Kraft eyeing consumer choices as prices rise
By Brad Dorfman
CHICAGO (Reuters) - Kraft Foods Inc <KFT.N> knows that commodity costs are soaring, that cash-strapped consumers are eating at restaurants less and that they and all their competitors are raising prices.
What they also know is "consumers have to eat," a point Rick Searer, president of Kraft North America, made several times during the Reuters Food Summit in Chicago on Tuesday.
But what the company is still waiting to see is exactly what people will want to eat in a time of unprecedented commodity costs, soaring gasoline prices, falling home values and an economy that some argue may already be in a recession.
"We don't know how consumers will shake out in terms of what choices they make over time," Searer said.
So far, Kraft and other food companies have said they have been able to push through price increases with little push back from consumers, though Searer did say that Nielsen data show that dollar sales are up across a broad range of categories, while volume, as measured in products sold or pounds, is down.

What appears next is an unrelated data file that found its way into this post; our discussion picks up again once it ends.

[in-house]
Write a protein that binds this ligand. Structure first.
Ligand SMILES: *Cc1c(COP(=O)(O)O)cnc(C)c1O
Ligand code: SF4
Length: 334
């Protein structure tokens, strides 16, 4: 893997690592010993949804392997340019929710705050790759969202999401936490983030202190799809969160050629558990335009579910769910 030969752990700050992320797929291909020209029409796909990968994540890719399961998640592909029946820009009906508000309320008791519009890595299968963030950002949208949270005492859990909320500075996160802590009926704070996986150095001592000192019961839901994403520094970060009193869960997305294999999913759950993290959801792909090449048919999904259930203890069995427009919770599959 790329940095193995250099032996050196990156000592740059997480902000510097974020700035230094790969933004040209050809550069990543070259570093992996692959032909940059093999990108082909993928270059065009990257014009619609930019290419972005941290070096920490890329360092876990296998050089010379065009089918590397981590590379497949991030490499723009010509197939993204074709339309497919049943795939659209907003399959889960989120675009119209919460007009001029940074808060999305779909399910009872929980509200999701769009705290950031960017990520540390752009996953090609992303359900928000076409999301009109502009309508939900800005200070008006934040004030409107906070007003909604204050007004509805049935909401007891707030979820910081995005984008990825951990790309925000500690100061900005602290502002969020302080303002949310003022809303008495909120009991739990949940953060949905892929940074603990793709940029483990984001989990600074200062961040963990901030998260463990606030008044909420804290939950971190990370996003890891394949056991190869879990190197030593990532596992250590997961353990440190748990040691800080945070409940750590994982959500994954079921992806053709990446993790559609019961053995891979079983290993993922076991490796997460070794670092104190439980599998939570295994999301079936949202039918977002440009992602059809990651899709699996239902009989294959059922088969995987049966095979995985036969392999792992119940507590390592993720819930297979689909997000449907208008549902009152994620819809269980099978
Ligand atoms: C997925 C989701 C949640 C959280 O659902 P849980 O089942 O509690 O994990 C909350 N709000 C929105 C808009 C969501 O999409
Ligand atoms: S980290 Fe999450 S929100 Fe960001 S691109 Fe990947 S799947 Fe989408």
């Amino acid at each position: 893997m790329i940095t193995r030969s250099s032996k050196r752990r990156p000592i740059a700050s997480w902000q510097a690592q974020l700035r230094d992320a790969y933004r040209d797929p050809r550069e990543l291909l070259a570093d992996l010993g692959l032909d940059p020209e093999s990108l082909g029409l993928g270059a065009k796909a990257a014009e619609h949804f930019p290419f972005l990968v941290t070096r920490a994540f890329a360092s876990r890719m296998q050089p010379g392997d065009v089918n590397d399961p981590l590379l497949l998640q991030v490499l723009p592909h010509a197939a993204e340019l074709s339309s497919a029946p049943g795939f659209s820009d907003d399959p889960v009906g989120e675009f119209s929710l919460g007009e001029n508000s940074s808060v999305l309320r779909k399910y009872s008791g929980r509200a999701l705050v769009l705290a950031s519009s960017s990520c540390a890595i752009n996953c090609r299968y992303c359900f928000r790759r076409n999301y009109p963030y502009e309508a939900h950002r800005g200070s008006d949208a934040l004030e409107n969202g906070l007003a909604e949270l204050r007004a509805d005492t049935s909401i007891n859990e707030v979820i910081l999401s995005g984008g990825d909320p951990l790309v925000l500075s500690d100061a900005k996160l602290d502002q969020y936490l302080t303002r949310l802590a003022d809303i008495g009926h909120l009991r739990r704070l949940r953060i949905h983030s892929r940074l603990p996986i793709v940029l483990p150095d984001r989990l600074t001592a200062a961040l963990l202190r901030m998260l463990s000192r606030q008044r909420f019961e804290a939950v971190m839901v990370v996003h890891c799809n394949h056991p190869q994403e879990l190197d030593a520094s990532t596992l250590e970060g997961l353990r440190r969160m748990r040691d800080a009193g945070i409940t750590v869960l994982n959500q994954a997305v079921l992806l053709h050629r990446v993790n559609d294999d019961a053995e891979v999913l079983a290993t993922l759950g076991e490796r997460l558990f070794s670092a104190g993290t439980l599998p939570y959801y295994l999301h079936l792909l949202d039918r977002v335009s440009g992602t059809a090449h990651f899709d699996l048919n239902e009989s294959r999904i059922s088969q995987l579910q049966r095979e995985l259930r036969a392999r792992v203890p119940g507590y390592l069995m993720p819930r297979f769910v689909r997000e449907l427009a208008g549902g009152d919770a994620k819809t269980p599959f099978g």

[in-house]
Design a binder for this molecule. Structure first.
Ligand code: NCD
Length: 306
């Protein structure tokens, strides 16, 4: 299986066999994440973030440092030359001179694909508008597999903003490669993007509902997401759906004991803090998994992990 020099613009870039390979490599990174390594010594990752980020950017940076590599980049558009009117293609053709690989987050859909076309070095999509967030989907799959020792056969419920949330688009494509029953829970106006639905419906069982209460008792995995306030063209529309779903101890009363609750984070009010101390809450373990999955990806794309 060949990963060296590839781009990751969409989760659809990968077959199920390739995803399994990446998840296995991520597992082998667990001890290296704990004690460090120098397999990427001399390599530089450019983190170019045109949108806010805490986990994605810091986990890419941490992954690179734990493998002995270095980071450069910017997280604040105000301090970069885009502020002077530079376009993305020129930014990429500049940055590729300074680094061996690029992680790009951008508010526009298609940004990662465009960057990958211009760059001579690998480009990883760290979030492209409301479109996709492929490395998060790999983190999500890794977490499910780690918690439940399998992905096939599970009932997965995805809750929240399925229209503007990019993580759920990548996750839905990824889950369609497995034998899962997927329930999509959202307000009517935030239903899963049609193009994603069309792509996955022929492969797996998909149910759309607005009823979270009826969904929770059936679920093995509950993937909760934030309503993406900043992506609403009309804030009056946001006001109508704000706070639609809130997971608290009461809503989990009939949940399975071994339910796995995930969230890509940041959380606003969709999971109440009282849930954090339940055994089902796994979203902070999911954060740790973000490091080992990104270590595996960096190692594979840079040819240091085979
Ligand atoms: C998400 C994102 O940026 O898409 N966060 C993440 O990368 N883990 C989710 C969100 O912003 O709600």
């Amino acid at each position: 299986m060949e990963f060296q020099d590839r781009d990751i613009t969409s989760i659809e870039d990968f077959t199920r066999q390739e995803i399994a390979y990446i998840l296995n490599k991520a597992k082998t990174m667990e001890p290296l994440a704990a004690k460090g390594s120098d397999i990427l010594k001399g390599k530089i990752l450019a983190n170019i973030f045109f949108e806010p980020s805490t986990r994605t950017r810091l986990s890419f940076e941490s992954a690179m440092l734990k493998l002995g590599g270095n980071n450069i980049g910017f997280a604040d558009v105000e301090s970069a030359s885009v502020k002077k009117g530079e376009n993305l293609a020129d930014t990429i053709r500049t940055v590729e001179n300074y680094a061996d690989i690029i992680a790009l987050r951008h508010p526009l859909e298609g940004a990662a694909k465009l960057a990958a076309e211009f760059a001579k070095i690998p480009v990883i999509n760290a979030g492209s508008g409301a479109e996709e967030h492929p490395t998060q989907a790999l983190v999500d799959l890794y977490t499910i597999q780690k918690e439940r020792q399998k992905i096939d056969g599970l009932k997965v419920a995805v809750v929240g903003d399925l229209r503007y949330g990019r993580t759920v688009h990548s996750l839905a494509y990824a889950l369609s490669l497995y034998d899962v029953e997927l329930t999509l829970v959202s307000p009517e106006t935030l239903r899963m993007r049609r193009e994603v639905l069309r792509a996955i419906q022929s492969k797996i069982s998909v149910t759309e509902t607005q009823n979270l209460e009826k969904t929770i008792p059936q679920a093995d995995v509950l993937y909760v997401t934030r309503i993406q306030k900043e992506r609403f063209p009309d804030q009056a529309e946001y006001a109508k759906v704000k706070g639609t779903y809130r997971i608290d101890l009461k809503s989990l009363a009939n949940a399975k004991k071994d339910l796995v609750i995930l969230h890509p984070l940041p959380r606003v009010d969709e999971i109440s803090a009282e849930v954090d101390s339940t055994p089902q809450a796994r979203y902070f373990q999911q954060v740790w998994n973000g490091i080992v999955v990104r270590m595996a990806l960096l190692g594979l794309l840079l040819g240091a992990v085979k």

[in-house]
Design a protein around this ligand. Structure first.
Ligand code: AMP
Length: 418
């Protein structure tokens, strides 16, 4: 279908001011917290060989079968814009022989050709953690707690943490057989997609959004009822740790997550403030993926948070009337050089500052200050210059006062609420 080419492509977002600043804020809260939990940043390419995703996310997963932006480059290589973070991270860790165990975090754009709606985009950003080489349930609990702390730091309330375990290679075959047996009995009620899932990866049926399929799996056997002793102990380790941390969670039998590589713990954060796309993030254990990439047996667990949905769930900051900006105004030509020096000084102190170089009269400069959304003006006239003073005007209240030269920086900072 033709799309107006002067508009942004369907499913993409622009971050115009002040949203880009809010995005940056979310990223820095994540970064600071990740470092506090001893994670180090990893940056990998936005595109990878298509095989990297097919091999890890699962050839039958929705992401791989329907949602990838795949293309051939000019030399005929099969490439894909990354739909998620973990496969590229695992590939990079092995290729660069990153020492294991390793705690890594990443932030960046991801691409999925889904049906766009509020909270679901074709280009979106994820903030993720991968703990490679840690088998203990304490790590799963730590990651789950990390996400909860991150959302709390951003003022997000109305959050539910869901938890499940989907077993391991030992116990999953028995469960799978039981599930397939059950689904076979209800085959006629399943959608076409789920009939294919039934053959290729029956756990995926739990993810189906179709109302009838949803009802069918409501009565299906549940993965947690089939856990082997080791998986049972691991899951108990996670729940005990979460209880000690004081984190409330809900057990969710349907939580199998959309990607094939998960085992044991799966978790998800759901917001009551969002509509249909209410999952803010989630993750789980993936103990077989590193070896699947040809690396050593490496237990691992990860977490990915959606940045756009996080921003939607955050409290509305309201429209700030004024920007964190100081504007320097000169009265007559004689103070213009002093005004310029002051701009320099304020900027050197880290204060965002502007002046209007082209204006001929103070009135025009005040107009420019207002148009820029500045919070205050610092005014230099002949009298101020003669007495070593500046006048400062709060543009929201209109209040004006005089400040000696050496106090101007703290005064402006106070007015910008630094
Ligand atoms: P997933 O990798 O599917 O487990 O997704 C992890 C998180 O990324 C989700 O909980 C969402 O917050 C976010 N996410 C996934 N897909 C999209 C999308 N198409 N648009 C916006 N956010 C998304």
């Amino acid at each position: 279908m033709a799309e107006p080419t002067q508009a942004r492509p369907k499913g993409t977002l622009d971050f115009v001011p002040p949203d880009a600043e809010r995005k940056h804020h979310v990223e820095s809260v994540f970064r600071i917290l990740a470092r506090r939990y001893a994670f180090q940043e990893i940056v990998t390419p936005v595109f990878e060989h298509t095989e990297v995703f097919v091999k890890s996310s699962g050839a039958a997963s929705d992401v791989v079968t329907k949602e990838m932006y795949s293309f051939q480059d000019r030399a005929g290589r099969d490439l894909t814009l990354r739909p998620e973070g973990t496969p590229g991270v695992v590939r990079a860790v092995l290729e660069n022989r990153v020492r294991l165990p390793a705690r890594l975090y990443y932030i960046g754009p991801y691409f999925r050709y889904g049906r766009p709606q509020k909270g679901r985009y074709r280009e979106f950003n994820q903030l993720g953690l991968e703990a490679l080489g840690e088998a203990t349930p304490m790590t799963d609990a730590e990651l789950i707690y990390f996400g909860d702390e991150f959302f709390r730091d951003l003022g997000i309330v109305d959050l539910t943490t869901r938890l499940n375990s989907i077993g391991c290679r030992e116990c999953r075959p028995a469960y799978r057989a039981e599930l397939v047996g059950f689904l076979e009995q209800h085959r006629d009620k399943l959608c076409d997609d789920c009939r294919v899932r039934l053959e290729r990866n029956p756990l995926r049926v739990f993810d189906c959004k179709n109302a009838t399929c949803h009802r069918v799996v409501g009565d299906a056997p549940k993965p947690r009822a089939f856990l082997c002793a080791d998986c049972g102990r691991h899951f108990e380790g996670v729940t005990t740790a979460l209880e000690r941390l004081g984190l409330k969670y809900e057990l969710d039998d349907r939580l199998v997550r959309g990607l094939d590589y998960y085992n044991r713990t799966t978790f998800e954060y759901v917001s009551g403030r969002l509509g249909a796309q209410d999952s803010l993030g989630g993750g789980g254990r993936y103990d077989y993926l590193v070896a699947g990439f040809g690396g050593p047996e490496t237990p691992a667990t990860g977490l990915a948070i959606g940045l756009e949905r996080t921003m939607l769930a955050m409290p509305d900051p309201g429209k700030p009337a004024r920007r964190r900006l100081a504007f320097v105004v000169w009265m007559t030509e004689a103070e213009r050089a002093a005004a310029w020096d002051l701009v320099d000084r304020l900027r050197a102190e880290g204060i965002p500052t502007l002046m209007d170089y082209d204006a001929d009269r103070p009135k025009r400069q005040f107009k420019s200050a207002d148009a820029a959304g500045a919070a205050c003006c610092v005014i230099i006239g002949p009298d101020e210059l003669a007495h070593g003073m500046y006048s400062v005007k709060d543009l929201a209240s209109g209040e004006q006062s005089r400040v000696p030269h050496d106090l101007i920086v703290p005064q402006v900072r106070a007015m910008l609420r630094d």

Kraft has committed to offsetting soaring costs for wheat, energy, edible oils and a host of other commodities through price increases and cost-cutting, Searer said.
The company, which is in the middle of a three-year turnaround program, is also investing heavily in new product, such as an overhaul of its salad dressings line, in order to attract consumers who are either switching from restaurant foods or thinking of moving down to lower-priced brands.
When it comes to price increases, retailers, who might have balked at higher prices in the past, see the higher commodity costs Kraft does.
"Retailers do understand the need for commodity cost-justified price increases," he said.
The company has also increasingly been working with retailers on promotions that could be attractive to budget-conscious families, such as a deal that would involve Kraft's DiGiorno pizza, salad dressing, the retailer's produce and a beverage of the retailer's choice, Searer said.
Kraft shares were up 47 cents at $30.34 on Tuesday on the New York Stock Exchange. The stock is down 7 percent this year, compared with a 5.5 percent decrease for the Standard & Poor's packaged foods index <.15GSPFOOD>.
(For summit blog: http://summitnotebook.reuters.com/)
(For more on the Reuters Food Summit see <ID:nN14376471>)
(Reporting by Brad Dorfman, editing by Gerald E. McCormick)